Tenderloin with red wine sauceThe theme tonight? Make what I’ve got available here at home!

Why? Because I’m broke!

The question was, then, what do I make? Ah, remember that tenderloin I mentioned recently? Yeeeeeah. The question became, then, what the hell do I do with the hunk of beef I had? I couldn’t do the Au Poivre as I had hoped – no Cognac. I didn’t want to do the straight Port sauce because I’d done that last time. Oh yeah, I didn’t blog about that, did I? I’ll have to do that soon in some kind of rewind blogging. Either way, what I did have was the fixings for a basic red wine sauce: red wine (A French Toque et Clochers Occursus), beef broth (which I’d picked up earlier at a local Henry’s – they suck, by the way), shallots, thyme, and butter. Voila! Red wine sauce. Throw in some garlic confit and some fried potatoes and I’m dining French bistro style only in my small apartment in Carlsbad, CA about five billion miles away from France.

For a throw-together meal, it turned out pretty damned all right. Pan frying the steak (to brown all sides, of course) and then throwing it in the oven at 375 is the best way to keep what flavor that flavorless tenderloin does have (tenderloins might be tender as all hell – as the name implies – but it certainly does lack in that delectable beef flavor that other, more hearty cuts have). It’s all about the prep, folks – you may have a delicious cut of beef but if it isn’t prepared properly, it’ll just end up being delicious tire fodder for your teeth. The pan sauce comes straight from a basic sauce 101 technique: 1) sauté a diced shallot in the pan you cooked the steak in, making sure to pick up all the fond using the butter and olive oil already in the pan (yeah, the steak was fried in a bit of both) 2) add a quarter cup or so of the red wine and reduce by half 3) add a sprig or two of thyme and a cup of the beef broth, whisk and reduce by half, again 4) strain to another sauce pan and reduce further until the sauce is thick and covers the back of a spoon 5) add butter, whisk to emulsify and make that sauce look like your favorite velvet coat 6) season lightly if needed. Want to know why I emphasized if needed? Because I was premature in seasoning and my sauce was a bit too salty in the end. Reducing the shit out of the sauce is how you get such a strong flavor – a lot of times you may not need salt and pepper at the end.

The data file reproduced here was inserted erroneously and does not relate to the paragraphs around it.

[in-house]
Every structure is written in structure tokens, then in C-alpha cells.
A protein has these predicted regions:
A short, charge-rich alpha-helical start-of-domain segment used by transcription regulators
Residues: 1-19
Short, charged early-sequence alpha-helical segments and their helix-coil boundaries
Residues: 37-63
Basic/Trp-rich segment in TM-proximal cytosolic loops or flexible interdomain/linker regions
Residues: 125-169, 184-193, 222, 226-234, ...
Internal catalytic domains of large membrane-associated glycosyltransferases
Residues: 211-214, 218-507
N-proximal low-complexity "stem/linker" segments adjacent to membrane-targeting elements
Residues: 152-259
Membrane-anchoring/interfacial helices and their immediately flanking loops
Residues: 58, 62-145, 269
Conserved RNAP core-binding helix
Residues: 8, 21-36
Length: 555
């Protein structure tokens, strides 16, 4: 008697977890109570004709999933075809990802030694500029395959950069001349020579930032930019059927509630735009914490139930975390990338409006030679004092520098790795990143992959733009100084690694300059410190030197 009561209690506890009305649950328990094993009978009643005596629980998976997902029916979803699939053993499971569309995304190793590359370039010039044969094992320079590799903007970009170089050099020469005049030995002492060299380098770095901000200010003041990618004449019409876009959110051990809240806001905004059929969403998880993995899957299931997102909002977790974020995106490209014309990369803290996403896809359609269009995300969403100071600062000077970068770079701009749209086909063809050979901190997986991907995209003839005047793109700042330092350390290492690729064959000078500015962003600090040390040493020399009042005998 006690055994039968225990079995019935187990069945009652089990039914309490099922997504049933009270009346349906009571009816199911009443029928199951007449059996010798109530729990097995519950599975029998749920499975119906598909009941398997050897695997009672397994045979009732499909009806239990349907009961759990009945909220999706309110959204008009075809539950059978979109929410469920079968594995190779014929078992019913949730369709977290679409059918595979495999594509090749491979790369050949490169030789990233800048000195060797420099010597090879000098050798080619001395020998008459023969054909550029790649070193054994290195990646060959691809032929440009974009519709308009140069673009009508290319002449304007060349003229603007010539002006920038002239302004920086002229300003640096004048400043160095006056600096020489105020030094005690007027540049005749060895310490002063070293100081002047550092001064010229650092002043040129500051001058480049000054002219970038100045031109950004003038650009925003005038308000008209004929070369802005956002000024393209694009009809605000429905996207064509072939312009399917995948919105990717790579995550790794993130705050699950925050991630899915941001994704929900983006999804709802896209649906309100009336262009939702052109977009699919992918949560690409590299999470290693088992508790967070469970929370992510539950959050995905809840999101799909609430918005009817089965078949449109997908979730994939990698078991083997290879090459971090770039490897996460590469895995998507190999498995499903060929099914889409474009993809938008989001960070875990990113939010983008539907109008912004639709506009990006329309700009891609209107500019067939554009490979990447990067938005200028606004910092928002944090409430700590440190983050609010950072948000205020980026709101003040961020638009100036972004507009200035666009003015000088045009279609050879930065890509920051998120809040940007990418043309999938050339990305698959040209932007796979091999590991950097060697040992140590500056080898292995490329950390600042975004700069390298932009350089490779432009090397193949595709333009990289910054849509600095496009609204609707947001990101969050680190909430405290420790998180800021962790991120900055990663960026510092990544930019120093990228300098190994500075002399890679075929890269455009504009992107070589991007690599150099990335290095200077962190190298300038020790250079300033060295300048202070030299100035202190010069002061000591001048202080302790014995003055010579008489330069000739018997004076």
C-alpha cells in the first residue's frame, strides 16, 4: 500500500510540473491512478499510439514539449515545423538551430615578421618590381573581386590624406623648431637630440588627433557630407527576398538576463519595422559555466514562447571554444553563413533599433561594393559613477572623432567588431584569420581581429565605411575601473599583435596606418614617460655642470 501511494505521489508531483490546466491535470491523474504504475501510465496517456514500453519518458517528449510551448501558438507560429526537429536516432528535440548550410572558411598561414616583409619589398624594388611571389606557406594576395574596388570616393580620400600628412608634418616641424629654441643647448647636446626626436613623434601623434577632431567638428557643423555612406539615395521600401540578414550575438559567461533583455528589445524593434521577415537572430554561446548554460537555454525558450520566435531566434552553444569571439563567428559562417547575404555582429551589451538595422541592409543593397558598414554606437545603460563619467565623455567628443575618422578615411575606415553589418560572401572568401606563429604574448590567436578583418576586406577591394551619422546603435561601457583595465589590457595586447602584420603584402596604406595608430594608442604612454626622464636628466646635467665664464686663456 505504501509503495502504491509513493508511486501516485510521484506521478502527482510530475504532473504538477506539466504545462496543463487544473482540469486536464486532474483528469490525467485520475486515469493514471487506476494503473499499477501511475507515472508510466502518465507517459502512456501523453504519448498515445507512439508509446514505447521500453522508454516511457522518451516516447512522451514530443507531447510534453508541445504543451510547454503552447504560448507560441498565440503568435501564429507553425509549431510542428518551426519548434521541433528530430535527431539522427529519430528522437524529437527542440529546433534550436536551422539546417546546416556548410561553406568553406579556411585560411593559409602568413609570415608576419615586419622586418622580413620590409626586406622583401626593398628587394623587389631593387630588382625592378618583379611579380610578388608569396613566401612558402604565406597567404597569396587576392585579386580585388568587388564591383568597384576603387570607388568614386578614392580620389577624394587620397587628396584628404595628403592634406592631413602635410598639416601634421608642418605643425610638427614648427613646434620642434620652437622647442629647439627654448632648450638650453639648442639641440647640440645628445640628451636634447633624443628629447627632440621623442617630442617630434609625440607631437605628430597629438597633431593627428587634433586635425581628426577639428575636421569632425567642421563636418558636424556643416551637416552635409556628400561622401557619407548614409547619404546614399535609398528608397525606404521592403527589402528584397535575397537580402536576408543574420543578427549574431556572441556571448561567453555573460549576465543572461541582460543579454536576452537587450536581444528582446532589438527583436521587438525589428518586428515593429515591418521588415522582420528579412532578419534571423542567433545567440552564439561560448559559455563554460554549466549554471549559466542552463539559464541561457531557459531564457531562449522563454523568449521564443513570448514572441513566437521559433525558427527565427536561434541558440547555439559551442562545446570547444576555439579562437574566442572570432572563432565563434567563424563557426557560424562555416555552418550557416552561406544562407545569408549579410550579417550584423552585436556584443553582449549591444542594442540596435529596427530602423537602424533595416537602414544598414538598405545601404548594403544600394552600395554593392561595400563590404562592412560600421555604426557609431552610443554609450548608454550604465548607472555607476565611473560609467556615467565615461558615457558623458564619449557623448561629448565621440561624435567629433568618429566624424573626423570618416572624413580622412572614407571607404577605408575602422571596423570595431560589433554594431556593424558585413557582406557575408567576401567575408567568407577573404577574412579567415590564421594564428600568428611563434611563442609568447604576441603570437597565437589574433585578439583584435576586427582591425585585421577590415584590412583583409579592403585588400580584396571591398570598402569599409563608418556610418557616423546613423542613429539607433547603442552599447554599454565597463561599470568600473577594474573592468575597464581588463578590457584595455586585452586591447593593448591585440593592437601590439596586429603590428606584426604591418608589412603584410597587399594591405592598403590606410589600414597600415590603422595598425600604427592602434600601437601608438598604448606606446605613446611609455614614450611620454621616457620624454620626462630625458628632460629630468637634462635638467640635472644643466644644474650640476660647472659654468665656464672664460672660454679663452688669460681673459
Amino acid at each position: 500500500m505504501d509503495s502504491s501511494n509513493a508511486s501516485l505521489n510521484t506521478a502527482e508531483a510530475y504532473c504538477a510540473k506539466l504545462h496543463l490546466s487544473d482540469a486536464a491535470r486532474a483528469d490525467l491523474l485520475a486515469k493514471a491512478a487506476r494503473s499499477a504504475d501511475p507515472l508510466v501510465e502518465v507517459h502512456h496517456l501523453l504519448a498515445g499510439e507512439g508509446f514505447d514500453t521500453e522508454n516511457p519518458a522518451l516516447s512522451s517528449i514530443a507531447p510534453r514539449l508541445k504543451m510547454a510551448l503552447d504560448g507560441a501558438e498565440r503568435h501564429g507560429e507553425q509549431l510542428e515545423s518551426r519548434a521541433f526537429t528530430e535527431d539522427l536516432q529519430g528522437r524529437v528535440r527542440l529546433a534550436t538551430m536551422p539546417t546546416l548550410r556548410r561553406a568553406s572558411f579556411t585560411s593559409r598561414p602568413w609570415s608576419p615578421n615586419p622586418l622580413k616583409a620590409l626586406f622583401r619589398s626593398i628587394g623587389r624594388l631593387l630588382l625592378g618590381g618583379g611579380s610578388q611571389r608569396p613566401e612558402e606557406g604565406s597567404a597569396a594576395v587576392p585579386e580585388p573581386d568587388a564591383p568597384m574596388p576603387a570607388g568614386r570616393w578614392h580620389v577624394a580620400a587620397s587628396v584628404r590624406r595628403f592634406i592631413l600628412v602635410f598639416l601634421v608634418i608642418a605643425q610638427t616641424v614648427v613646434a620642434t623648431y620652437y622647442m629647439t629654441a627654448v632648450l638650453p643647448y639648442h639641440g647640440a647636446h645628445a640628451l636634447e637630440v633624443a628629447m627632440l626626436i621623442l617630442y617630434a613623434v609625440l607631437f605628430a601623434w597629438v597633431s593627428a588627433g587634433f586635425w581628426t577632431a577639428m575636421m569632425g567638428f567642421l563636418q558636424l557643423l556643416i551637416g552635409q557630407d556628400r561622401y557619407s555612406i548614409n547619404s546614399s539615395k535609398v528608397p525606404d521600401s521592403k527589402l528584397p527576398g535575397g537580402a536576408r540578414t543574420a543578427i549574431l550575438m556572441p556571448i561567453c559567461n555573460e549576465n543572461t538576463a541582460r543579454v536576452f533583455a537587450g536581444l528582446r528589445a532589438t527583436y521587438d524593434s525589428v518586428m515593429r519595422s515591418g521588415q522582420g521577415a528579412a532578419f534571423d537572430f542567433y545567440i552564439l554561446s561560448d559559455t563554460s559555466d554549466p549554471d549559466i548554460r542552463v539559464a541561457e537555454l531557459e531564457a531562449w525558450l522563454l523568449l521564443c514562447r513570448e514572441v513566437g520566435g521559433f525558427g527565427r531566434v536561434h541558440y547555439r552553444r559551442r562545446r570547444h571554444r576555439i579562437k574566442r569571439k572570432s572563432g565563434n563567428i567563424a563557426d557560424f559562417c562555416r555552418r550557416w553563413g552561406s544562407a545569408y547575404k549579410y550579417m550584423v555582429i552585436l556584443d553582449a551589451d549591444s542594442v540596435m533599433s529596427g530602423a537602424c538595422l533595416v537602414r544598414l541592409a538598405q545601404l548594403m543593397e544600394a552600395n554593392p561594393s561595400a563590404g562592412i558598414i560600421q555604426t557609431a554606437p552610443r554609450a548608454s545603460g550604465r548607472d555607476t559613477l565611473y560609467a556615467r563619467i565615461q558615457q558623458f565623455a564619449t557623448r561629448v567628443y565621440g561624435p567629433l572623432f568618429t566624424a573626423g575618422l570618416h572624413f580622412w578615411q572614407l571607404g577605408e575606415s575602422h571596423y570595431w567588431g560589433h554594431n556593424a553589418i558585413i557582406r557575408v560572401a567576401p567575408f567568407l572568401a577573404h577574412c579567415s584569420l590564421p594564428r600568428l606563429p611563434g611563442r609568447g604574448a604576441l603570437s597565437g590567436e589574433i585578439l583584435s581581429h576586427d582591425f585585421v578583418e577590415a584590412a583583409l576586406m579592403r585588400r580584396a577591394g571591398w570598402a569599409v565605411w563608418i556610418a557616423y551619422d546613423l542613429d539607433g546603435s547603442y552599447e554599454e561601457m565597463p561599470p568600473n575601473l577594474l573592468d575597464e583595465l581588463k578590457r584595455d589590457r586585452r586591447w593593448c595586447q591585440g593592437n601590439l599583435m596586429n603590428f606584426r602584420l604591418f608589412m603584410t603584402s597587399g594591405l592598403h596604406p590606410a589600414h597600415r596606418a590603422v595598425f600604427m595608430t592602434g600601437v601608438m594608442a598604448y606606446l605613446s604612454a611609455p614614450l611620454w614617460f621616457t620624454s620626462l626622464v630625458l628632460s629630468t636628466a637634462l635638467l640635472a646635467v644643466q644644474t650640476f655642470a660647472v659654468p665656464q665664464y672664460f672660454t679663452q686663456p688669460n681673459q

My plating ended up a bit messy because my sauce was traveling around based on my very askew surfaces in the kitchen. Nonetheless, I plated the steak (medium-rare after 8 minutes in the oven) on the sauce, and garnished with the garlic confit (remember those? I am a lover of the garlic confit), and fried potatoes. I’m full and a little buzzed off the wine I was drinking now and I’m happy as hell. French food on the fly – and on the cheap.

Tonight’s dinner was brought to you by: Art Blakey’s Jazz Messengers With Thelonious Monk. Oh yeah.